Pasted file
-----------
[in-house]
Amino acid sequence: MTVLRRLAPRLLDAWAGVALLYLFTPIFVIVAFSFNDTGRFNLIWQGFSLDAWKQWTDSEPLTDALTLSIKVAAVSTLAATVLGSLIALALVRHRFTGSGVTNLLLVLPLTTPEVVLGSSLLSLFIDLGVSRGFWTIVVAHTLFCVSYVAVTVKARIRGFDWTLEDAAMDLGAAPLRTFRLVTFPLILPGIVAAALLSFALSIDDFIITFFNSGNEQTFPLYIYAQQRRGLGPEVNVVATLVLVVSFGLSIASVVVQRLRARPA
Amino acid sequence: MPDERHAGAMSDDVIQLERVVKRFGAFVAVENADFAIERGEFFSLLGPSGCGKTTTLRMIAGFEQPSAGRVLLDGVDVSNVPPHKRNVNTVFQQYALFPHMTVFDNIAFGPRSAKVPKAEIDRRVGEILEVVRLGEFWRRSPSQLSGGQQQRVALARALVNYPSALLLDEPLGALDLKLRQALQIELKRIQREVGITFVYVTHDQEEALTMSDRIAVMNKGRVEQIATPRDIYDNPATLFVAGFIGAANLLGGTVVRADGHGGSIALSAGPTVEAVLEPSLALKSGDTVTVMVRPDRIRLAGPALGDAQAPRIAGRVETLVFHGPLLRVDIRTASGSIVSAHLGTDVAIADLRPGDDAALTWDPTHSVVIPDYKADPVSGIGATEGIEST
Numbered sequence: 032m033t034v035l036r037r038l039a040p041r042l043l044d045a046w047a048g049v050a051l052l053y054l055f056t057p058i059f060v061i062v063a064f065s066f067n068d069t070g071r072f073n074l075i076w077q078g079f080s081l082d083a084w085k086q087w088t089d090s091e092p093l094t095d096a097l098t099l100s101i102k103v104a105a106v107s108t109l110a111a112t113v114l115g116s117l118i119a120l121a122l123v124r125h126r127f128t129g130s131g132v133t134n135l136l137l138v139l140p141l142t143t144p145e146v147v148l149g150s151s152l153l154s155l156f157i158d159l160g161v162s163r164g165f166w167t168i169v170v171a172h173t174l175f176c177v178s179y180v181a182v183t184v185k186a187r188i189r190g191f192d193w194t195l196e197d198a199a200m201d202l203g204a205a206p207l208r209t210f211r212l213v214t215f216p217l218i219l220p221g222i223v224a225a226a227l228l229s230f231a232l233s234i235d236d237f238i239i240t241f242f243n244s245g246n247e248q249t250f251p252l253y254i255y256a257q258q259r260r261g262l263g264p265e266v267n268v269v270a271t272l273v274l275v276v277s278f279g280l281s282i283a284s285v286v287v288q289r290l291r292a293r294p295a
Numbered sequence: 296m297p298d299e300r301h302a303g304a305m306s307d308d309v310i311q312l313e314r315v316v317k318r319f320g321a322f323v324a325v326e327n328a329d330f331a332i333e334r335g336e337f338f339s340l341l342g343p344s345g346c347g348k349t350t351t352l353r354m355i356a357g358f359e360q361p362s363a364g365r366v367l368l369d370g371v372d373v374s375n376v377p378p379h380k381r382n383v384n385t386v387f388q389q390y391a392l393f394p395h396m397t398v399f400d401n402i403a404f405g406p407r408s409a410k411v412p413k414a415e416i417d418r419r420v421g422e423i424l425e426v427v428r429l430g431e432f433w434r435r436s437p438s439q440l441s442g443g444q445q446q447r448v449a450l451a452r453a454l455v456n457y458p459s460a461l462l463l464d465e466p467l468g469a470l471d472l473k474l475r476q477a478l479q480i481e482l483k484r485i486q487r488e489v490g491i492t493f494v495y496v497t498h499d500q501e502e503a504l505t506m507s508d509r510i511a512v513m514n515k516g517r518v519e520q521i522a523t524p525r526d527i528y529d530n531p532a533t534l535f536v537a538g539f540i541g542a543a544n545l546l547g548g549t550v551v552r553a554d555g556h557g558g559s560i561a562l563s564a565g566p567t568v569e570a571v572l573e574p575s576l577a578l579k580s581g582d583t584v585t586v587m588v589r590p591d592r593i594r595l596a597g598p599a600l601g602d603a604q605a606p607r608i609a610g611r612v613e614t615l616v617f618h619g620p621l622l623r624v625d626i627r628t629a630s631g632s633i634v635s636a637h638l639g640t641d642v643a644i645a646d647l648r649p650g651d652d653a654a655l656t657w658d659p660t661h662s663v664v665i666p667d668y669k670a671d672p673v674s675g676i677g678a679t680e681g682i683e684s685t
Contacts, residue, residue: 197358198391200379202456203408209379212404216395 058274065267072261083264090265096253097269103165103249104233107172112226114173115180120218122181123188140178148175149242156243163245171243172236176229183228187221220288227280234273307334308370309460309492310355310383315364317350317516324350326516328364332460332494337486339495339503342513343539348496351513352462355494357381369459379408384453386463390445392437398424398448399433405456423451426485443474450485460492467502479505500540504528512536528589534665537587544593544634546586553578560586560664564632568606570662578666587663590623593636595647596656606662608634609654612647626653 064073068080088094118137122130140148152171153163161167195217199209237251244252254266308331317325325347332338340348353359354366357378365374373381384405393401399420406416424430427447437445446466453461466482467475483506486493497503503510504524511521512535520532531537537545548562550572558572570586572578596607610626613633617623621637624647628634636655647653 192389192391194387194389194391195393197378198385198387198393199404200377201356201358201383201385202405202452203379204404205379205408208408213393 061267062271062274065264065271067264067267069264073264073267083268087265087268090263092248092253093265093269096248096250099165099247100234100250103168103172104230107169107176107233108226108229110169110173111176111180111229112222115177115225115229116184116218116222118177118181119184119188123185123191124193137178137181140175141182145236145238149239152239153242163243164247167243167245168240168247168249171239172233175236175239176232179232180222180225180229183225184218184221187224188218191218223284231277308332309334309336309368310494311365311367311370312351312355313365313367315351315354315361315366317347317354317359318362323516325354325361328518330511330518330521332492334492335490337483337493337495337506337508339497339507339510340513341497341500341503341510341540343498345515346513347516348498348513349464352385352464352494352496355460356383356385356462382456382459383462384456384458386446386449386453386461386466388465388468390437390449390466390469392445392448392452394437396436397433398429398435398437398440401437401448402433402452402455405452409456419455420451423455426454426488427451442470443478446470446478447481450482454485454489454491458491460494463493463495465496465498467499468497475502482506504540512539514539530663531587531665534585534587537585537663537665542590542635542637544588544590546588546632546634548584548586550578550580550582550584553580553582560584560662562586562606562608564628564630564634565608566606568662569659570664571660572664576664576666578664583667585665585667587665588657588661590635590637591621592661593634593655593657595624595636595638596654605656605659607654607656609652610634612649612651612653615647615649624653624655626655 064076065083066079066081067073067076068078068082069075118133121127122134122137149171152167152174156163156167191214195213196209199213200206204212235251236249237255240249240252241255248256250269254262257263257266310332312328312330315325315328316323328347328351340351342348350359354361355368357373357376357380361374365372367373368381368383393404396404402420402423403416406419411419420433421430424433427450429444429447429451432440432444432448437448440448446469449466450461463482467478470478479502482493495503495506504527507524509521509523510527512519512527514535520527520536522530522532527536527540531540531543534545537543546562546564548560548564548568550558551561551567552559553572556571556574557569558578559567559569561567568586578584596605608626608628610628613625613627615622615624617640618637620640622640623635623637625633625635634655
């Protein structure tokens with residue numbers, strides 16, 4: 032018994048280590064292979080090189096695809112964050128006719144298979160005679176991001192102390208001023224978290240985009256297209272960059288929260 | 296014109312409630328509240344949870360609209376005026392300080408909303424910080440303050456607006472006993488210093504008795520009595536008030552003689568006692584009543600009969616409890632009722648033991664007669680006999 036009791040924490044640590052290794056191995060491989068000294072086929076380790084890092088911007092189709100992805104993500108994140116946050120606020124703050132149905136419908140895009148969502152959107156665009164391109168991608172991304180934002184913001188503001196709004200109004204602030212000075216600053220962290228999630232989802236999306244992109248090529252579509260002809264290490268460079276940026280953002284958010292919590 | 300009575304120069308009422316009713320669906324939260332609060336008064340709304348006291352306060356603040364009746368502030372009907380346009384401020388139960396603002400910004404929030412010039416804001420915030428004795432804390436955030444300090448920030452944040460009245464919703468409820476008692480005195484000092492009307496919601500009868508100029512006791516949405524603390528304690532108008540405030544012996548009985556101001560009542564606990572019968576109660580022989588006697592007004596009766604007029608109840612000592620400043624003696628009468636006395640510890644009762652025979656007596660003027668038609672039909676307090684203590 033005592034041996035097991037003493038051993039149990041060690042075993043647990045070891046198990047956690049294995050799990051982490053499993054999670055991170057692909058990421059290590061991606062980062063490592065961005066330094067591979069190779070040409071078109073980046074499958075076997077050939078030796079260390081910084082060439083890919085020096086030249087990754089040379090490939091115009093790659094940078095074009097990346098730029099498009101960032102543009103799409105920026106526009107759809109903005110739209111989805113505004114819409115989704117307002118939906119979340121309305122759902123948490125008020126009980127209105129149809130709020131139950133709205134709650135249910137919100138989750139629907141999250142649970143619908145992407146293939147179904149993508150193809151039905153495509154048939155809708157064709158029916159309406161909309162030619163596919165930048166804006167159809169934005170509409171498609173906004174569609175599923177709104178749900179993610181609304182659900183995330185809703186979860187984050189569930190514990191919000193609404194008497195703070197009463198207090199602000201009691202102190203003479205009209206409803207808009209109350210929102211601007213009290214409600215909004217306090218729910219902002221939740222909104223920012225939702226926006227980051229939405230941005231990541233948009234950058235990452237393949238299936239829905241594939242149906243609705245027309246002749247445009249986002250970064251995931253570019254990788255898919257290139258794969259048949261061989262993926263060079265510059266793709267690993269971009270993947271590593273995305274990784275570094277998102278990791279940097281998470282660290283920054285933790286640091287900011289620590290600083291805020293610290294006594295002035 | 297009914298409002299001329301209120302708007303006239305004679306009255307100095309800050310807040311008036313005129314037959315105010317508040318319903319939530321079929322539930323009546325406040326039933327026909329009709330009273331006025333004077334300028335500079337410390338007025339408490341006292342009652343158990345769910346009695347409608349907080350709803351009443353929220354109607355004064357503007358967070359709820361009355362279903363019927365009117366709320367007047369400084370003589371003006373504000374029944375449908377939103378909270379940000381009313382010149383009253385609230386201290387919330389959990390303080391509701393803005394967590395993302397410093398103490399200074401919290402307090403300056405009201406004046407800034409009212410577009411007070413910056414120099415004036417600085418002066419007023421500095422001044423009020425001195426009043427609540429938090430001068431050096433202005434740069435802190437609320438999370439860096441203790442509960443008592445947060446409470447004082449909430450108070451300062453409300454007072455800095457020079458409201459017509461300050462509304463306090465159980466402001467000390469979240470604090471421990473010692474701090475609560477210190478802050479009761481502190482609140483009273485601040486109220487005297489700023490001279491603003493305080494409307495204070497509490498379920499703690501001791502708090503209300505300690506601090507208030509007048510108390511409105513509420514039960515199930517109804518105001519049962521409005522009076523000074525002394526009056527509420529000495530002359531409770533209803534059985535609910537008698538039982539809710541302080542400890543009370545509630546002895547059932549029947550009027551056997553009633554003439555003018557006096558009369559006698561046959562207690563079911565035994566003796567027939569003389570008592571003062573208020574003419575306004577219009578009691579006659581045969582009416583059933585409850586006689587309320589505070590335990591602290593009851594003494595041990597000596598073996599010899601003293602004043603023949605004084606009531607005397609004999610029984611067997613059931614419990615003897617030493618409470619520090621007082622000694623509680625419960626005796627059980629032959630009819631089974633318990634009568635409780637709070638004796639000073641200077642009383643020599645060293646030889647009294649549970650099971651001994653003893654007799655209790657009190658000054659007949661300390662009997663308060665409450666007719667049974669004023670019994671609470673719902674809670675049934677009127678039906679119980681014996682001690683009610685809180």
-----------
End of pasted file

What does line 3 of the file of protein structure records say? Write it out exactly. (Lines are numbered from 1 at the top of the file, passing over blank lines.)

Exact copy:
Amino acid sequence: MPDERHAGAMSDDVIQLERVVKRFGAFVAVENADFAIERGEFFSLLGPSGCGKTTTLRMIAGFEQPSAGRVLLDGVDVSNVPPHKRNVNTVFQQYALFPHMTVFDNIAFGPRSAKVPKAEIDRRVGEILEVVRLGEFWRRSPSQLSGGQQQRVALARALVNYPSALLLDEPLGALDLKLRQALQIELKRIQREVGITFVYVTHDQEEALTMSDRIAVMNKGRVEQIATPRDIYDNPATLFVAGFIGAANLLGGTVVRADGHGGSIALSAGPTVEAVLEPSLALKSGDTVTVMVRPDRIRLAGPALGDAQAPRIAGRVETLVFHGPLLRVDIRTASGSIVSAHLGTDVAIADLRPGDDAALTWDPTHSVVIPDYKADPVSGIGATEGIEST